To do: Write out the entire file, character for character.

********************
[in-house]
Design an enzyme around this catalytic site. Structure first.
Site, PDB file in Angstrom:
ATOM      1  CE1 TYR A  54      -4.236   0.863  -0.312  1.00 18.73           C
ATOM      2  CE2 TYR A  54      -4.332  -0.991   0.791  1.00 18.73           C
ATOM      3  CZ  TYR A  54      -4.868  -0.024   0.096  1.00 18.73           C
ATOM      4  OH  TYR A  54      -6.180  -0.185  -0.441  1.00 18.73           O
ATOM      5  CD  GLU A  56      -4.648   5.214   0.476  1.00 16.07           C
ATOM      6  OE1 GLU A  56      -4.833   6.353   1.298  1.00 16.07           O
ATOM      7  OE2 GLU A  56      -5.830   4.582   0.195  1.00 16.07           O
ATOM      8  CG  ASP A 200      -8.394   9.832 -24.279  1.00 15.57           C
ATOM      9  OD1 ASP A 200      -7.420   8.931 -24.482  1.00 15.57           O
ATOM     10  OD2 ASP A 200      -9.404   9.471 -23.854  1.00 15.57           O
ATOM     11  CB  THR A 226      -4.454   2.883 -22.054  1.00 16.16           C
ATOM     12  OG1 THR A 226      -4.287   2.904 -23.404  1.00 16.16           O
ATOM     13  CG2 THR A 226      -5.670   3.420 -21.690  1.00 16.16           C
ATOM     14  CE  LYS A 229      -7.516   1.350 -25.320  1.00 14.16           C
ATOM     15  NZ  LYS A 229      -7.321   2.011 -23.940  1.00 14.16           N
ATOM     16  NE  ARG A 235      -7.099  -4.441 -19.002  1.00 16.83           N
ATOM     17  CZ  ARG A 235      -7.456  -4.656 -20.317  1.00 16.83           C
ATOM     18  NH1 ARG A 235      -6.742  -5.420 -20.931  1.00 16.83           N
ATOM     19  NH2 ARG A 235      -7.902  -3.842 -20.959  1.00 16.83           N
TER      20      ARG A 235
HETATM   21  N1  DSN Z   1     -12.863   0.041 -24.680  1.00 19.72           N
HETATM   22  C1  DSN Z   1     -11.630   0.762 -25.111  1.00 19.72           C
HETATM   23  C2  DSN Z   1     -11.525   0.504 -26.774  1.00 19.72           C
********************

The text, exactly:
[in-house]
Design an enzyme around this catalytic site. Structure first.
Site, PDB file in Angstrom:
ATOM      1  CE1 TYR A  54      -4.236   0.863  -0.312  1.00 18.73           C
ATOM      2  CE2 TYR A  54      -4.332  -0.991   0.791  1.00 18.73           C
ATOM      3  CZ  TYR A  54      -4.868  -0.024   0.096  1.00 18.73           C
ATOM      4  OH  TYR A  54      -6.180  -0.185  -0.441  1.00 18.73           O
ATOM      5  CD  GLU A  56      -4.648   5.214   0.476  1.00 16.07           C
ATOM      6  OE1 GLU A  56      -4.833   6.353   1.298  1.00 16.07           O
ATOM      7  OE2 GLU A  56      -5.830   4.582   0.195  1.00 16.07           O
ATOM      8  CG  ASP A 200      -8.394   9.832 -24.279  1.00 15.57           C
ATOM      9  OD1 ASP A 200      -7.420   8.931 -24.482  1.00 15.57           O
ATOM     10  OD2 ASP A 200      -9.404   9.471 -23.854  1.00 15.57           O
ATOM     11  CB  THR A 226      -4.454   2.883 -22.054  1.00 16.16           C
ATOM     12  OG1 THR A 226      -4.287   2.904 -23.404  1.00 16.16           O
ATOM     13  CG2 THR A 226      -5.670   3.420 -21.690  1.00 16.16           C
ATOM     14  CE  LYS A 229      -7.516   1.350 -25.320  1.00 14.16           C
ATOM     15  NZ  LYS A 229      -7.321   2.011 -23.940  1.00 14.16           N
ATOM     16  NE  ARG A 235      -7.099  -4.441 -19.002  1.00 16.83           N
ATOM     17  CZ  ARG A 235      -7.456  -4.656 -20.317  1.00 16.83           C
ATOM     18  NH1 ARG A 235      -6.742  -5.420 -20.931  1.00 16.83           N
ATOM     19  NH2 ARG A 235      -7.902  -3.842 -20.959  1.00 16.83           N
TER      20      ARG A 235
HETATM   21  N1  DSN Z   1     -12.863   0.041 -24.680  1.00 19.72           N
HETATM   22  C1  DSN Z   1     -11.630   0.762 -25.111  1.00 19.72           C
HETATM   23  C2  DSN Z   1     -11.525   0.504 -26.774  1.00 19.72           C